Hall is only being talked about as trade bait by stupid fans and stupid media. The glee in this article is palpable.

There are many things wrong with this article, but I’m not going to waste my time enumerating them.

If you truly care about the Jets, you’ll stop writing negative, stupid articles like this.

Sean Cunningham
1 year ago

A coment made by Douglas is the fact when he took the job that year, he did not have the time to fully scout the 2020 draft class. Any new GM will be months behind in the scouting process compared to his peers who’ve held ther respective jobs. In the next two draft classes Douglas had his scouts in place for the duration of the college season. He also had a clear plan entering these past two drafts, he was very methodical in the way he drafted up to get “his guy;” one could see this by the way he and his war room celebrated when they got Elijah Moore, Jermaine Johnson, Breece Hall. As a long suffering Jets fan, it’s been awesome to see how in sync Douglas and Saleh are in regards to building the roster. This is a reflection of the coach having a clear vision for how to build a winner, in contrast to Adam Gase and his tenure with the Jets.

Very fair article, the hopes of the 2022 season rely highly on a healthy Becton. I love Zach Wilson but he hasn’t yet evolved to the level of a quarterback who can make do with an offensive line with holes in it. With a good to dominant Becton, this offensive line can be very good. It looks like Mims is working hard and he could evolve into a deep threat for the Jets, or perhaps a contributor elsewhere. Bryce Hall is a legit starting conerback in the NFL, he will give the Jets excellent depth at that position. I’ve read one article about the idea of converting Bryce Hall to safety, why not? I understand there’s a learning curve involved, and he does provide excellent depth at corner, but he does have the skills to be a good cover safety. I have him at starting safety in my Madden season, lol. He has a few interceptions already.

1 year ago

I agree with this post except for the comment about the article being fair. I think it’s terrible, and it’s obvious the writer wants JD and the Jets to fail.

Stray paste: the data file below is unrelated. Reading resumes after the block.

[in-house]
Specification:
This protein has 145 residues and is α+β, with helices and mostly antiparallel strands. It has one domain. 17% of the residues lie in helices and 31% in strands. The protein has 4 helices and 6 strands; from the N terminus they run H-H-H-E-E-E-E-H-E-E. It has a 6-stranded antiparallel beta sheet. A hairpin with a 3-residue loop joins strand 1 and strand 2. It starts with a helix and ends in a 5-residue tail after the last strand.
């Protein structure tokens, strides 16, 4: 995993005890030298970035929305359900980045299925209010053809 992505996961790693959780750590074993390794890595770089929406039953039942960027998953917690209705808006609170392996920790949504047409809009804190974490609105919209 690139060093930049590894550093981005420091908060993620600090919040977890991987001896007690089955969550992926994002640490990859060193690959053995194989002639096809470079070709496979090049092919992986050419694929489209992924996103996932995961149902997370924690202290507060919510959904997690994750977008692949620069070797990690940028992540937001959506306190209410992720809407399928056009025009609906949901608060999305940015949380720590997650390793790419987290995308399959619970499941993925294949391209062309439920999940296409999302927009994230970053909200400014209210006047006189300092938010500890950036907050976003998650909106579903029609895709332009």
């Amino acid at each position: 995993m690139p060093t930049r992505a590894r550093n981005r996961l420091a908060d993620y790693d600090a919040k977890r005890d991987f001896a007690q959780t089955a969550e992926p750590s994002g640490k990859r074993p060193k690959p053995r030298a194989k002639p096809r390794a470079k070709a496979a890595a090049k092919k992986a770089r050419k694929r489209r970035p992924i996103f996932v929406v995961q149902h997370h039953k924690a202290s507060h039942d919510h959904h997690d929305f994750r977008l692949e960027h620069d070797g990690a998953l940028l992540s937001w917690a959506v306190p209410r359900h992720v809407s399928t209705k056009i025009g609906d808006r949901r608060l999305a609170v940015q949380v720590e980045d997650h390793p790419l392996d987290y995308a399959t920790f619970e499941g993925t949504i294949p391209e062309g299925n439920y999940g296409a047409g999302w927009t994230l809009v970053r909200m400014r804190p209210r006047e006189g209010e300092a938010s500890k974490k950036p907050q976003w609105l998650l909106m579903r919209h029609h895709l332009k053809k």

Jonathan Richter
1 year ago

Not factually accurate. JD was hired prior to the 2019 season, so he had almost a full year to scout for the 2020 draft. I’m willing to believe that Gase influenced the picks, but it seems clear Saleh and his team are in charge of the drafts now.

1 year ago

While still thinking it is too soon to label that draft as a failure, the clock is ticking. Would like to see them find an experienced offensive lineman as an insurance policy. This team can not afford to proceed without plan B. Looks like they have addressed the other positions. Can’t wait! Who says we can’t? Just extend This season!

1 year ago

While it’s not looking good the class is mainly dependent on Becton. If he becomes a long term good starter the class becomes a good draft class if he busts then it becomes a bad draft class. I would also include Guidry and Huff in the class. Both are quality contributors. Hall is a very good 3rd CB and Mann was making progress before injury.

But, it all depends on Becton. He has now been injured almost continuously since the middle of his rookie year. It started with the shoulder injury which carried through the end of the season and the off-season. Then he hurt his foot which likely did not help his conditioning. He then got injured and missed a good deal of camp while trying to learn a new system and finally the knee injury which he still seems to be recovering from. That is over 1.5 years of being continuously injured which not only slows his development but his conditioning. I am not confident he will acclimate quickly. But, if he can remain healthy he should improve as the season goes on. That’s a big if and will require a lot of luck and good fortune.

While the draft class is not looking great I do think it is premature to right it off. A recovery, good health and a rebound by Becton and suddenly the draft class is looking very good with Becton, Hall, Guidry, Huff, Mann and who knows maybe Davis can develop into a decent free safety depth piece if he gets a healthy off-season for the first time.

1 year ago

I think you’re right, it’s done. The class was trash although I still think Mims will be a good NFL player even if it’s not for the Jets. You are right he was tied to Gase (another discussion) and I also think he felt he “owed” Gase something because it seems he was the guy pulling for Joe to get the job. This doesn’t absolve Douglas from the disaster of a class but he has done enough since to show there was something “not quite right” about the situation. I really look at Douglas’ tenure starting with the Jets when they changed the team organizational structure, put Joe in charge and let him run the “football show.” Gase out, Saleh in, some good trades, the salary cap fixed, some good looking drafts, and most importantly the culture changed. That first daft was a disaster and that is on Joe but I’m ok looking past that at this point. The “other circumstances” clearly muddied the waters.